21. 21. RULES OF CONSTANTS: • By “const” keyword or by “#define” preprocessor directive, a constant is declared in C program. • It can either be positive or negative. If no sign is declared, then the constant is assumed to be positive. • No commas or blanks are allowed within a constant. • Character constant is a single alphabet, a single digit or a single special symbol enclosed within single quotes. • The allowable range for integer constants is -32768 to 32767. • If we try to change constant values after defining in C program, it will show error.
  22. 22. IDENTIFIER: • Identifier refers to name given to entities such as variables, functions, structures etc. Variable and identifiers are almost the same but identifier can be used in a larger scale. Such as- “Array”. • Identifiers must be unique. They are created to give a unique name to an entity to identify it during the execution of the program. For example: int money; double Balance; Here, money and Balance are identifiers. • Also identifier names must be different from keywords. We cannot use `int` as an identifier because int is a keyword.
  23. 23. RULES OF IDENTIFIERS: • A valid identifier can have letters (both uppercase and lowercase letters), digits and underscores. • The first letter of an identifier should be either a letter or an underscore. • Keywords like int, while etc. cannot be used as identifiers. • There is no rule on how long an identifier can be. **Any name can be chosen as an identifier if we follow the above rules. However, giving meaningful names are recommended as identifiers that make sense.**
  24. 24. EXAMPLE OF VARIABLE, CONSTANT & IDENTIFIER: If we use variable_1[5] then it will become an array. Even then it will be consider as an identifier but we cannot declare it as a variable anymore. And this is the difference between identifier & variable.
  25. 25. DATA TYPES: • Data types in c refer to an extensive system used for declaring variables or functions of different types. The type of a variable determines how much space it occupies in storage and how the bit pattern stored is interpreted. • It determines the type and size of data associated with variables. For example: int myVar; Here, myVar is a variable of int (integer) type. The size of int is 4 bytes. • Data types are used to define a variable before to use in a program. • Size of variable, constant and array are determined by data types.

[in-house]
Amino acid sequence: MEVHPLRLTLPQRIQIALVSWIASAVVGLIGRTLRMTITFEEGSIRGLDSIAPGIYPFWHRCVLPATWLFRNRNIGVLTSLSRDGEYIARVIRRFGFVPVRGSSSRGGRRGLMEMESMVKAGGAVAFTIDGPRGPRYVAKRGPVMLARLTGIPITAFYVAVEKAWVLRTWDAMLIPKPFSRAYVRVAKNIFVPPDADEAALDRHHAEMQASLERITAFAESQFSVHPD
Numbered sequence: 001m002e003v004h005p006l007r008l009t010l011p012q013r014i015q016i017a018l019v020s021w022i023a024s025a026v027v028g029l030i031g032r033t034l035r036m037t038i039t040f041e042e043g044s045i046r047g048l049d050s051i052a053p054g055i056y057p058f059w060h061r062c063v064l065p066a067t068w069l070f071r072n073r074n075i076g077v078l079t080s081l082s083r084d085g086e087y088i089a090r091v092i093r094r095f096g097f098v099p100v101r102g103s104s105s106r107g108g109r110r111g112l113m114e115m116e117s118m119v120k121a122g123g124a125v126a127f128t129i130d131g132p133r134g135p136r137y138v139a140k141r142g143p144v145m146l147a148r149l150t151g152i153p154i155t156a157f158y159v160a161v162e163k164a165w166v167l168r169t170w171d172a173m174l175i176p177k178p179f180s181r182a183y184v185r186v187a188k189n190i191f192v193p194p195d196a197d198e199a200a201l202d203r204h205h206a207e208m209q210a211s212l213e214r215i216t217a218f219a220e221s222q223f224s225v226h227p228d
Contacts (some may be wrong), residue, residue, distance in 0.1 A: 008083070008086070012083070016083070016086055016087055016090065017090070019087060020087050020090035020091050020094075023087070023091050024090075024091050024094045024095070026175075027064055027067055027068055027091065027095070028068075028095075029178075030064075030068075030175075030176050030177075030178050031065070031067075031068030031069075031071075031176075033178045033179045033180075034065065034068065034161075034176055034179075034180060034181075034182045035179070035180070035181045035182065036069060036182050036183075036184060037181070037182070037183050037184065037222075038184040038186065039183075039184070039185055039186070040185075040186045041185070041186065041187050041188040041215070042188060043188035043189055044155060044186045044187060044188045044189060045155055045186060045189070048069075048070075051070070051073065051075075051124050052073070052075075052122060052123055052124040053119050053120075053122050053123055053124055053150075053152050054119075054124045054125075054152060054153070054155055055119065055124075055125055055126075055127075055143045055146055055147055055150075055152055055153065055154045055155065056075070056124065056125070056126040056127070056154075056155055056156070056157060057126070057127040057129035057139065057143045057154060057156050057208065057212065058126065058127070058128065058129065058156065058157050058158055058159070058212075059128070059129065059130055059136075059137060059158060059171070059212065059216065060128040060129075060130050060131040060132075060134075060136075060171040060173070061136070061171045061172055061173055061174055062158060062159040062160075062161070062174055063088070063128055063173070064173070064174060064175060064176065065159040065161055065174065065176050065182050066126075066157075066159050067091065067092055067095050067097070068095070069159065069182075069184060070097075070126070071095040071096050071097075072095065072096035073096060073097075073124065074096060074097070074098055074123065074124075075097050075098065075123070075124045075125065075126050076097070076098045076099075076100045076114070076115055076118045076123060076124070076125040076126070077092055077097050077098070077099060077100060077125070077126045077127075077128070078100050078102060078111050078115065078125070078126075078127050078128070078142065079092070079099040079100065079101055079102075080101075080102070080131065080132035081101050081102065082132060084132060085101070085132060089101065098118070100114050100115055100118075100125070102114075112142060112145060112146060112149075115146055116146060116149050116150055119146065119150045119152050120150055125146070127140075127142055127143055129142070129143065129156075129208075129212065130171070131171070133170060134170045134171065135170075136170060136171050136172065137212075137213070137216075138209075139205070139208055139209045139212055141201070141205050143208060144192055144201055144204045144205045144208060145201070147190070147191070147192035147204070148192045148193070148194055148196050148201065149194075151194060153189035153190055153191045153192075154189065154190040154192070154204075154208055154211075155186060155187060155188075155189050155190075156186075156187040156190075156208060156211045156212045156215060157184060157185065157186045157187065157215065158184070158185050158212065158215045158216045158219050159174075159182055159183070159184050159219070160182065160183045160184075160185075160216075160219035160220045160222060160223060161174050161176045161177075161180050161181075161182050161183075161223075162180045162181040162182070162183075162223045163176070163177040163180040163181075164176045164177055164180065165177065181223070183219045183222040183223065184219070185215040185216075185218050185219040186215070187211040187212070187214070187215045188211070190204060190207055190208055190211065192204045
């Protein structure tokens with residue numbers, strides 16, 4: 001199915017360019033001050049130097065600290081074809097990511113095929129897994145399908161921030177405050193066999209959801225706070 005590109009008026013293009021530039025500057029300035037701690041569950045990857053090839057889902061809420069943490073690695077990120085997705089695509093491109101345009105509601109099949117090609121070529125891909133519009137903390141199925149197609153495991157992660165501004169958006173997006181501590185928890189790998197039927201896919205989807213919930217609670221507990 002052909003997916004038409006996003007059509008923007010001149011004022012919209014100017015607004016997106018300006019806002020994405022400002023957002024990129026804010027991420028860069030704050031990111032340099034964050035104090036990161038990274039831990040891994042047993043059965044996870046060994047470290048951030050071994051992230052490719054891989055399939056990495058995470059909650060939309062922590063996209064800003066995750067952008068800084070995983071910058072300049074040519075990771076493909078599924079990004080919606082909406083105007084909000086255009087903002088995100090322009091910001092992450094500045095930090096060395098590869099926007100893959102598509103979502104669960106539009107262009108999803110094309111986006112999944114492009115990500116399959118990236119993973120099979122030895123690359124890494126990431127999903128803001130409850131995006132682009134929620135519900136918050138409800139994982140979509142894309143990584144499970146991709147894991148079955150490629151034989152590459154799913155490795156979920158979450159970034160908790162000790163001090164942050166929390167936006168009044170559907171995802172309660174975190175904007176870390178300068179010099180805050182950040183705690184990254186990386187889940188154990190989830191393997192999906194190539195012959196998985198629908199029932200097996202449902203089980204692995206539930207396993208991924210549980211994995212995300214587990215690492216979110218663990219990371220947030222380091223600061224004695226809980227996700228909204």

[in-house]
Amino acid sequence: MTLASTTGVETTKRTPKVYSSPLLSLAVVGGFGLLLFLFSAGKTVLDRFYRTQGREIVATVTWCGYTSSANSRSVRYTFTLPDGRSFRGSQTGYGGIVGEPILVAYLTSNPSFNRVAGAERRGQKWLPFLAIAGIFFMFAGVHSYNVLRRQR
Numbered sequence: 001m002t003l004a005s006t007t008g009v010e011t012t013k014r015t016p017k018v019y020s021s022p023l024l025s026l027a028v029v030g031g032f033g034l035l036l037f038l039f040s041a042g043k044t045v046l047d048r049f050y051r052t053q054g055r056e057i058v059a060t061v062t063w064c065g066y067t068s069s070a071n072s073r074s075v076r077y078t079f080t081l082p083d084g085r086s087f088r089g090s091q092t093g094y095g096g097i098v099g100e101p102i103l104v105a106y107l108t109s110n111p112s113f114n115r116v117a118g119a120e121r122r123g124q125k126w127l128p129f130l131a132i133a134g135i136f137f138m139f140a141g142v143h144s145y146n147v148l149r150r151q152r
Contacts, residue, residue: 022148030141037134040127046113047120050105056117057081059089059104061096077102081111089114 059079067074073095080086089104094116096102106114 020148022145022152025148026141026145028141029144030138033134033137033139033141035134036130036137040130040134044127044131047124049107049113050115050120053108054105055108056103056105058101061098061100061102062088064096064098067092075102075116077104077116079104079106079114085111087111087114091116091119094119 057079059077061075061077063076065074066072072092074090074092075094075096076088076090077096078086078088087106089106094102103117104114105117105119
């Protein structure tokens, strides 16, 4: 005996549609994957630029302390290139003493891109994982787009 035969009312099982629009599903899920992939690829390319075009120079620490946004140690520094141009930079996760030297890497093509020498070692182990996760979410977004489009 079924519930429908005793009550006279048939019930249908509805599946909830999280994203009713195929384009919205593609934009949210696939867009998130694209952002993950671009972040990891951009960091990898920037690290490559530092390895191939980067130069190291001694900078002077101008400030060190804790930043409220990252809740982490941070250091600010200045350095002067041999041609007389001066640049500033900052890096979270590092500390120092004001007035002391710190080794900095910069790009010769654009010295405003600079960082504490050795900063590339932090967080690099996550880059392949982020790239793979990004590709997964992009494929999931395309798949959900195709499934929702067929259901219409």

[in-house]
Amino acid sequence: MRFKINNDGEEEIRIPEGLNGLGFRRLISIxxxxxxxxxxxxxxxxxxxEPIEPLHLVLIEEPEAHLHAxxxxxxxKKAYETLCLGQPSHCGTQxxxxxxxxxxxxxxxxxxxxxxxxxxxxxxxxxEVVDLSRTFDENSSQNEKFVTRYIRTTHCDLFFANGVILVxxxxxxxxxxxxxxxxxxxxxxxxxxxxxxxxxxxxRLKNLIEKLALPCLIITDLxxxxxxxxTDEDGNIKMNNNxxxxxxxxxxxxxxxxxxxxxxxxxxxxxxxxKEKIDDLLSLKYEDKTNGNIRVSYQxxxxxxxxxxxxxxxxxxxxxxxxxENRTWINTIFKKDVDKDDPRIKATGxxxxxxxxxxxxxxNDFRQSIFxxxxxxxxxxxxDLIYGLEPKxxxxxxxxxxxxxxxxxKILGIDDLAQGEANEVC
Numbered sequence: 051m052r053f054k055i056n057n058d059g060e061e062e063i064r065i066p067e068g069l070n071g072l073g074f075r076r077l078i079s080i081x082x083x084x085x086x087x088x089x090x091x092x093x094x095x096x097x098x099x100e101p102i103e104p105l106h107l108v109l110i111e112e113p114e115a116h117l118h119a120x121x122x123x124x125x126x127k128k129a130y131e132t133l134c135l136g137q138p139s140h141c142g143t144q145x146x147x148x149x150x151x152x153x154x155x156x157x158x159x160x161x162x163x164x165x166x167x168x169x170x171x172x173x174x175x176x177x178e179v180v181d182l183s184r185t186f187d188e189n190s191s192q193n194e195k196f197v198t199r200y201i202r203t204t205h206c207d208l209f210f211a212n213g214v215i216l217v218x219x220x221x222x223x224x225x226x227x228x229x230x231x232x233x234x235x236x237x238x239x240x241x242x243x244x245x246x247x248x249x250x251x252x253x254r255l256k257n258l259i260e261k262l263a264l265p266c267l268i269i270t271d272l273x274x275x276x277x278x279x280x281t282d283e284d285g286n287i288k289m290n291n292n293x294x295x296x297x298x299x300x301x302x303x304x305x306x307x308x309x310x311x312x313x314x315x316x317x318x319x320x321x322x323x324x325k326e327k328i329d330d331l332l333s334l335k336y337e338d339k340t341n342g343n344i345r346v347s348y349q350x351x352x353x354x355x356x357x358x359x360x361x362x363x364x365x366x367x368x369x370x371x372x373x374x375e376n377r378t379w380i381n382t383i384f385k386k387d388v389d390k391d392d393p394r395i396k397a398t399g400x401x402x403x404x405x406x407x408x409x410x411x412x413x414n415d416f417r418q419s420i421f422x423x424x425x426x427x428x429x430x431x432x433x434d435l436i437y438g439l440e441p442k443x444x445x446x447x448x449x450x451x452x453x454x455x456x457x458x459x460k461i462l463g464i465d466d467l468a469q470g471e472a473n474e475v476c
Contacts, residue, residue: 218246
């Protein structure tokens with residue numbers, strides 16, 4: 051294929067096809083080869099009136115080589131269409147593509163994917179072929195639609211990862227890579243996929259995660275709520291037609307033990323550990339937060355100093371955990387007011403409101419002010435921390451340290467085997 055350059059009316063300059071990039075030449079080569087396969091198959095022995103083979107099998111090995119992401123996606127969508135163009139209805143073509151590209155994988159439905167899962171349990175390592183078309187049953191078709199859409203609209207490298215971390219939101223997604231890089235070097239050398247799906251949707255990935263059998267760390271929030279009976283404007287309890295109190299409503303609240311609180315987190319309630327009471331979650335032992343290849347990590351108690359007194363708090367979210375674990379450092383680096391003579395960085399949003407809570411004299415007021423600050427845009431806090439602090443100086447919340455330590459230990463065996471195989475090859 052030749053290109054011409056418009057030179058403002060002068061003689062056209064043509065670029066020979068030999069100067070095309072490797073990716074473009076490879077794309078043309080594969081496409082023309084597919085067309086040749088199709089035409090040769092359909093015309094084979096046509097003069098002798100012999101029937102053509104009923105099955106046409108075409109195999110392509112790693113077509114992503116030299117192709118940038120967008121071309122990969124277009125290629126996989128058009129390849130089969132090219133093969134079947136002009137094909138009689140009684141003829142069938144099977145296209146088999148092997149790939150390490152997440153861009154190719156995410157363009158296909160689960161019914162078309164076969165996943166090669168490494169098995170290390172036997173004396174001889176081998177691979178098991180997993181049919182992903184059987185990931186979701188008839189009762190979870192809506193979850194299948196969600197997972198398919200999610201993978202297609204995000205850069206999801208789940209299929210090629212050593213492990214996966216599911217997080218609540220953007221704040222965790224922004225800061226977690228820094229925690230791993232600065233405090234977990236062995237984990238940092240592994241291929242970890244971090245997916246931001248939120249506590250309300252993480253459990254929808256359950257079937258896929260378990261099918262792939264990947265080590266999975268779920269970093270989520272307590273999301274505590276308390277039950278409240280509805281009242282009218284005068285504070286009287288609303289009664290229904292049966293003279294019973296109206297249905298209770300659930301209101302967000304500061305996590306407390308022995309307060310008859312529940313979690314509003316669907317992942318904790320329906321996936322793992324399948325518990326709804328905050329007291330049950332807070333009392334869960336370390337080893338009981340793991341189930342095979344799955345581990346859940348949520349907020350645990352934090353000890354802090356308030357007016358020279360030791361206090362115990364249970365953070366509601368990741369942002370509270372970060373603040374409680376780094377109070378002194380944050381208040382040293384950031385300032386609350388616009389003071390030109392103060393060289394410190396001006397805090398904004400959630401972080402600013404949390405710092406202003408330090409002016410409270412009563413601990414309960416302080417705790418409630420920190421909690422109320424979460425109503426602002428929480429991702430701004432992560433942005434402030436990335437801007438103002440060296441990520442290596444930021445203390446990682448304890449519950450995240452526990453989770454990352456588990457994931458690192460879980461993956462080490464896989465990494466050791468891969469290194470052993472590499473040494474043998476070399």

28. 28. EXAMPLE OF DATA TYPE: Input: Output:
  29. 29. Zubayer Farazi
  30. 30. OPERATOR:  An operator is a symbol that tells the computer to perform certain mathematical or logical manipulations.  These operators are used in programs to manipulate data and variables.
  31. 31. TYPES OF OPERATOR: • Arithmetic operators • Relation operators • Logical operators • Assignment operators • Increment and decrement operators • Conditional operators • Bitwise operators • Special operators
  32. 32. ARITHMETIC OPERATORS:  Arithmetic operator are used to perform numeric calculations among the values. Operators Meaning + Addition or unary plus - Subtraction or unary minus * Multiplication / Division % Modulo division
  33. 33. EXAMPLE: main() { int a,b,add,sub,mul,div,mod; printf(“Enter two integer value:”); scanf(“%d%d”,&a,&b); add=a+b; sub=a-b; mul=a*b; div=a/b; mod=a%b; Printf(“Summation=%d”,add); Printf(“subtract=%d”,sub); Printf(“Multiplication=%d”,mul); Printf(“Division=%d”,div); Printf(“Module=%d”,mod); } Enter two integer value:20 10 Summation=30 subtract=10 Multiplication=200 Division=2 Module=0 Output:
  34. 34. RELATION OPERATOR:  Relational operators are used to compare two quantities and take certain decision depending on their relation. • If the relation is true it returns one. • If the relation is false it returns zero. Operator Meaning < is less than <= is less than or equal > is greater then >= is greater then or equal == is equal to != is not equal to
  35. 35. EXAMPLE: main() { int x=12,y=14,z=12; printf("The number of X,Y,Zn"); //is x greater than y printf("x>y=%dn",x>y); //is z less than y printf("x<y=%dn",x<y); //is y greater than or equal z printf("y>=z=%dn",y>z); //is x equal y printf("x==y=%dn",x==y); //is y not equal to z printf("y!=z=%d",y!=z); } The number of X,Y,Z x>y=0 x<y=1 y>=z=1 x==y=0 y!=z=1 Output:
  36. 36. LOGICAL OPERATOR:  Logical operator are used for testing more than one condition and making decisions. Operator Meaning && Logical AND || Logical OR ! Logical NOT
  37. 37. EXAMPLE: main() { int x=12,y=15,z=13,sum; printf("Enter the numbers of X,Y,Zn"); //logical And sum=(x!=z) && (x>y); printf("(x!=z) && (x>y) is %dn",sum); //logical Or sum=(x>=y) || (y<z); printf("(x>=y) || (y<z) is %dn",sum); //Logical Not sum=(x!=y); printf("(x!=y) is %dn",sum); } Enter the numbers of X,Y,Z (x!=z) && (x>y) is 0 (x>=y) || (y<z) is 0 (x!=y) is 1 Output:
  38. 38. ASSIGNMENT OPERATOR: • These operator are used for assigning the result of an expression to a variable. • b=a Statement of simple assignment operator Statement with shorthand operator a =a+1 a + = 1 a=a-1 a-=1 a=a*(n+1) a*=(n+1) a=a/(n+1) a/=(n+1) a=a%b a%=b
  39. 39. EXAMPLE: main() { int a,b,c; printf(“Enter three integer number:n”); scanf(“%d%d%d”,&a,&b,&c); printf(“value=%dn”,c+=b); printf(“value=%dn”,c-=b); printf(“value=%dn”,c*=b); printf(“value=%dn”,c/=b); printf(“value=%dn”,c%=b); } Output: Enter three integer number: 5 10 15 value=25 value=15 value=150 value=15 value=5
  40. 40. INCREMENT AND DECREMENT OPERATORS: C allows two very useful operators. These are the increment and decrement operators: ++ and -- • The operator ++ adds one to the operands. • The operator – subtracts one from the operand. **Both are unary operators and can be used as pre or post increment or decrement.